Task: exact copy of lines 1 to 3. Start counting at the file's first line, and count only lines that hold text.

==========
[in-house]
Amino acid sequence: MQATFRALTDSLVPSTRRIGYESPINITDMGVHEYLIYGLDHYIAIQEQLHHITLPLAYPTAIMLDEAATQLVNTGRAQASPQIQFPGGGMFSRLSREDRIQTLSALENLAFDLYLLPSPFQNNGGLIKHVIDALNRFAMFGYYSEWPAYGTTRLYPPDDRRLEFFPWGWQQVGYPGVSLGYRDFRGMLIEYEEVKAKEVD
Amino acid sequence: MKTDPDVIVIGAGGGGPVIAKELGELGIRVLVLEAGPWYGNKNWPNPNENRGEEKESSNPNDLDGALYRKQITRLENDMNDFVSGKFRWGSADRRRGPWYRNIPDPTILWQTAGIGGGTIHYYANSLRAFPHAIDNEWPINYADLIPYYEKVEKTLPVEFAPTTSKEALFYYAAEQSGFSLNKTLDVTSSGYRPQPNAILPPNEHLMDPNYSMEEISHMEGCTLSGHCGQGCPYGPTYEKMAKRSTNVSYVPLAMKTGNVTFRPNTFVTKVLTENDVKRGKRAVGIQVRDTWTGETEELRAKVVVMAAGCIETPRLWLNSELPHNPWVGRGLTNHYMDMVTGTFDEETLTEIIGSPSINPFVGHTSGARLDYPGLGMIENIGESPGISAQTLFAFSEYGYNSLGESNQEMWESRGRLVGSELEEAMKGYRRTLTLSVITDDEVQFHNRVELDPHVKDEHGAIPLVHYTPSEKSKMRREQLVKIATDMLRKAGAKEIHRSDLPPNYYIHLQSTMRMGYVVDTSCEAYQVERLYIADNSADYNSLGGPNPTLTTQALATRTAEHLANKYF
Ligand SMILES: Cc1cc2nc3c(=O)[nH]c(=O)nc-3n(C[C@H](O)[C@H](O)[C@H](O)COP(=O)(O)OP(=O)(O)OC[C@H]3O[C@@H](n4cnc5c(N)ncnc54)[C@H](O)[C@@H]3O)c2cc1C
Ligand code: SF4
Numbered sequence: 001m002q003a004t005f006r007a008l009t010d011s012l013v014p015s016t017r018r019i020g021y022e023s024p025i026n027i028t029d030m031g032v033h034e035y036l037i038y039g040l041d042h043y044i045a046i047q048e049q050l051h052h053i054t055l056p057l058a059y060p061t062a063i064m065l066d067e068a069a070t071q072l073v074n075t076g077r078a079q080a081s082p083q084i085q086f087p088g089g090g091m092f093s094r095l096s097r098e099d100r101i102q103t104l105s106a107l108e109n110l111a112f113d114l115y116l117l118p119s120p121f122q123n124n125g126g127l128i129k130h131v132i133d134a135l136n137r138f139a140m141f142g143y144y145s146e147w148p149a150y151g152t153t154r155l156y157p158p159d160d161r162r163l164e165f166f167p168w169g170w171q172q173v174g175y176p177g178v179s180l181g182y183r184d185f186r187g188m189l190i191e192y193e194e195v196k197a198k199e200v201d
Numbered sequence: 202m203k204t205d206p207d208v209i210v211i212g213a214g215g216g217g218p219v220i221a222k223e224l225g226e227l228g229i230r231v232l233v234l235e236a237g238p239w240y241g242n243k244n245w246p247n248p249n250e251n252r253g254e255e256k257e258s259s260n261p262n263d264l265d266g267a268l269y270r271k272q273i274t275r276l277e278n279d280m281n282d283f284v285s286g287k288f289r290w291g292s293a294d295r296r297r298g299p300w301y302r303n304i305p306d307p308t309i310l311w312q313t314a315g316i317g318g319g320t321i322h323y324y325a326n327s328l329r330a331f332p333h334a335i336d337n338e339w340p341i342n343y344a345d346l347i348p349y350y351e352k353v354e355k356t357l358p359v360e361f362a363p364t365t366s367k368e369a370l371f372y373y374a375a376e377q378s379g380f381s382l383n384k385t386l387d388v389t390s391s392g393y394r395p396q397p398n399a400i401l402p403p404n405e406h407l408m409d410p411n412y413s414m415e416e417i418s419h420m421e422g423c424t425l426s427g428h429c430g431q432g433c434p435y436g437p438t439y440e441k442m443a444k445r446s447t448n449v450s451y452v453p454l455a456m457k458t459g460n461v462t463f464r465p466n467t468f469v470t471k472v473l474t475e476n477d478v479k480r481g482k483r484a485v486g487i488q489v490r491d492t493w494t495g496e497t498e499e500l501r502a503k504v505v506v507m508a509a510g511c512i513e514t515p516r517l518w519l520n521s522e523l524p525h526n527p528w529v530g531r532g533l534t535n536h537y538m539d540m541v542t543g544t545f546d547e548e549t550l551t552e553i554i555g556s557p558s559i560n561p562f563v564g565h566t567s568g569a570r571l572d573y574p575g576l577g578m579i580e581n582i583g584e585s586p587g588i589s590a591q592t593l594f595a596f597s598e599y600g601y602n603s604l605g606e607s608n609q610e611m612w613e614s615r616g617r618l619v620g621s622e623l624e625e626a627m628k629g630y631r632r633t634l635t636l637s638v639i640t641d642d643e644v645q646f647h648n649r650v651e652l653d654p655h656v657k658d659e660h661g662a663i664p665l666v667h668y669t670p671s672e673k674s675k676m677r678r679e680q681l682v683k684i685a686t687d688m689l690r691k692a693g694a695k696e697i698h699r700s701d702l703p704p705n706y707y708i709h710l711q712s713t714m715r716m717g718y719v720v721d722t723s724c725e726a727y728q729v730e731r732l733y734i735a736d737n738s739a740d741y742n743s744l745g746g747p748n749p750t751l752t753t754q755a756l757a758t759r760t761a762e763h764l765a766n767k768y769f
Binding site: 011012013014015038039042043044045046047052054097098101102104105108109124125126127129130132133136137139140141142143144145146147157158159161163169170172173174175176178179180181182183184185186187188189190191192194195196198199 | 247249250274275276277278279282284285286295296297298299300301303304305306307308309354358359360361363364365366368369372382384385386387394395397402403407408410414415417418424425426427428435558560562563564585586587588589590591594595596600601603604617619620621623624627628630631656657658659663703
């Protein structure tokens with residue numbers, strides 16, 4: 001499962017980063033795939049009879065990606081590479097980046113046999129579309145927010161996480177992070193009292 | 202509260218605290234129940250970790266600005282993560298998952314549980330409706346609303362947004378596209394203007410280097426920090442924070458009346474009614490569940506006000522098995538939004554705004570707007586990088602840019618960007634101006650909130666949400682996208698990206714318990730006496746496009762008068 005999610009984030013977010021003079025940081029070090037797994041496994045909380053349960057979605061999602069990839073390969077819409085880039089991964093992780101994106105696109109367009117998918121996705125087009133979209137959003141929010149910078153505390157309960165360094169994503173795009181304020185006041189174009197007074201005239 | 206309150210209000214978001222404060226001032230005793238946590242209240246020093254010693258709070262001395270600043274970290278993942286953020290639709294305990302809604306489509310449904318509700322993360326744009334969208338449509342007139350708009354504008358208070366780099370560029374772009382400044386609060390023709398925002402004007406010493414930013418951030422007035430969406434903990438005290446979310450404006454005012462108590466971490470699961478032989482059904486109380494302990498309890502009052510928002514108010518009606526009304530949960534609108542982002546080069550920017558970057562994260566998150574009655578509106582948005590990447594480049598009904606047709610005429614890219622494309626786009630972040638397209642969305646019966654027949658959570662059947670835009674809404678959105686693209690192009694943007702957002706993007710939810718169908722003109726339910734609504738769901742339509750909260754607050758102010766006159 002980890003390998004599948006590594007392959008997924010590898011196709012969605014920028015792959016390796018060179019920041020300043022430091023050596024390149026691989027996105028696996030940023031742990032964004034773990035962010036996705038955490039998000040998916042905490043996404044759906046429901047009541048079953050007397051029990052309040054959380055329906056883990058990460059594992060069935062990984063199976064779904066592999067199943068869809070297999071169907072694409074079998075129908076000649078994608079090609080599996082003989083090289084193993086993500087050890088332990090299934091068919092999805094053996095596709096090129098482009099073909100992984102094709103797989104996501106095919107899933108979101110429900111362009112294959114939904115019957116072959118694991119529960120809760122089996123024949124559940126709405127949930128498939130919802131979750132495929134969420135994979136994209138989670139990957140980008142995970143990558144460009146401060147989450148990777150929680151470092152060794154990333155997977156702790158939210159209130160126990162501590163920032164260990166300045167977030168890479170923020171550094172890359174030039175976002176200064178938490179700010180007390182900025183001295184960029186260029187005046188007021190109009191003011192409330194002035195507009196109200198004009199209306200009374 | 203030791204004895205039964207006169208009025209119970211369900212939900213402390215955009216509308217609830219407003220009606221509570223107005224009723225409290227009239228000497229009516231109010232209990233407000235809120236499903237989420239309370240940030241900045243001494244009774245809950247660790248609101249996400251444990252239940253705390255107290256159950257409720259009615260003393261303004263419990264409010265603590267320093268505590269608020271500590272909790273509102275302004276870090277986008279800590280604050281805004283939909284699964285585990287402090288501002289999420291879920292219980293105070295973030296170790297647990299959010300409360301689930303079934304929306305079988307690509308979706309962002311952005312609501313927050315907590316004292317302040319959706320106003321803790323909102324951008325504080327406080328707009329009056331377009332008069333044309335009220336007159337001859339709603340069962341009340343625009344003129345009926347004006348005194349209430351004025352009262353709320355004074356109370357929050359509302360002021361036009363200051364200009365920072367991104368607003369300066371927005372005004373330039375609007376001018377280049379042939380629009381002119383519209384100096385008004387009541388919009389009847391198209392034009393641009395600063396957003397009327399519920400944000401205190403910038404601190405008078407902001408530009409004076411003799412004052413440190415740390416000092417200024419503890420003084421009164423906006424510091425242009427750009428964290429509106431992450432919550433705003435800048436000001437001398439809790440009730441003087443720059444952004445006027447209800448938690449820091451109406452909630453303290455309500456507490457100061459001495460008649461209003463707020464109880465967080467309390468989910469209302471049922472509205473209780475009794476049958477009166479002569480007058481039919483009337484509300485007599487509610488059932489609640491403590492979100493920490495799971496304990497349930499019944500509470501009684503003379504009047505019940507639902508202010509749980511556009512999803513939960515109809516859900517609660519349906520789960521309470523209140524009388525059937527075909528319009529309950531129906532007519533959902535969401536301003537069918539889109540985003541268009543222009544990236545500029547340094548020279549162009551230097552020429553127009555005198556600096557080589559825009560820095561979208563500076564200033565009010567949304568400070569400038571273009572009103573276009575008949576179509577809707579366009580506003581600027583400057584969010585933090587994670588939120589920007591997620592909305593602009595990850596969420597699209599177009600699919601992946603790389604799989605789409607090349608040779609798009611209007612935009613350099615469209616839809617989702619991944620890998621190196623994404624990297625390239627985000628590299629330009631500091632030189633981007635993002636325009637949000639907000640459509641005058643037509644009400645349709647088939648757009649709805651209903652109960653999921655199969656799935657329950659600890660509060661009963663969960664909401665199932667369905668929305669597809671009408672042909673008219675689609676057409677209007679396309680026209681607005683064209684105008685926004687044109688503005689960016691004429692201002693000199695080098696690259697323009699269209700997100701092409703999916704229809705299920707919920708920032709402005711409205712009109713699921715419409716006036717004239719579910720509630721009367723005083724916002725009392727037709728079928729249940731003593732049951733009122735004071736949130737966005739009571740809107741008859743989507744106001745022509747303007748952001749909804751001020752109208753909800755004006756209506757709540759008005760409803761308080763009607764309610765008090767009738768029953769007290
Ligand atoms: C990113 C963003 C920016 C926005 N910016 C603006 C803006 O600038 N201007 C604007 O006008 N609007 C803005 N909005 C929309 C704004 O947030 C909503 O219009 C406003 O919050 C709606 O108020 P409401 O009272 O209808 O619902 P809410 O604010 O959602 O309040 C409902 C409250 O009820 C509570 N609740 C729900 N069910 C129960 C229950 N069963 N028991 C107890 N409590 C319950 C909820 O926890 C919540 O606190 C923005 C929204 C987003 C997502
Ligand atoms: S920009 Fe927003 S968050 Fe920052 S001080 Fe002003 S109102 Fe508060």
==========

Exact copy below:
[in-house]
Amino acid sequence: MQATFRALTDSLVPSTRRIGYESPINITDMGVHEYLIYGLDHYIAIQEQLHHITLPLAYPTAIMLDEAATQLVNTGRAQASPQIQFPGGGMFSRLSREDRIQTLSALENLAFDLYLLPSPFQNNGGLIKHVIDALNRFAMFGYYSEWPAYGTTRLYPPDDRRLEFFPWGWQQVGYPGVSLGYRDFRGMLIEYEEVKAKEVD
Amino acid sequence: MKTDPDVIVIGAGGGGPVIAKELGELGIRVLVLEAGPWYGNKNWPNPNENRGEEKESSNPNDLDGALYRKQITRLENDMNDFVSGKFRWGSADRRRGPWYRNIPDPTILWQTAGIGGGTIHYYANSLRAFPHAIDNEWPINYADLIPYYEKVEKTLPVEFAPTTSKEALFYYAAEQSGFSLNKTLDVTSSGYRPQPNAILPPNEHLMDPNYSMEEISHMEGCTLSGHCGQGCPYGPTYEKMAKRSTNVSYVPLAMKTGNVTFRPNTFVTKVLTENDVKRGKRAVGIQVRDTWTGETEELRAKVVVMAAGCIETPRLWLNSELPHNPWVGRGLTNHYMDMVTGTFDEETLTEIIGSPSINPFVGHTSGARLDYPGLGMIENIGESPGISAQTLFAFSEYGYNSLGESNQEMWESRGRLVGSELEEAMKGYRRTLTLSVITDDEVQFHNRVELDPHVKDEHGAIPLVHYTPSEKSKMRREQLVKIATDMLRKAGAKEIHRSDLPPNYYIHLQSTMRMGYVVDTSCEAYQVERLYIADNSADYNSLGGPNPTLTTQALATRTAEHLANKYF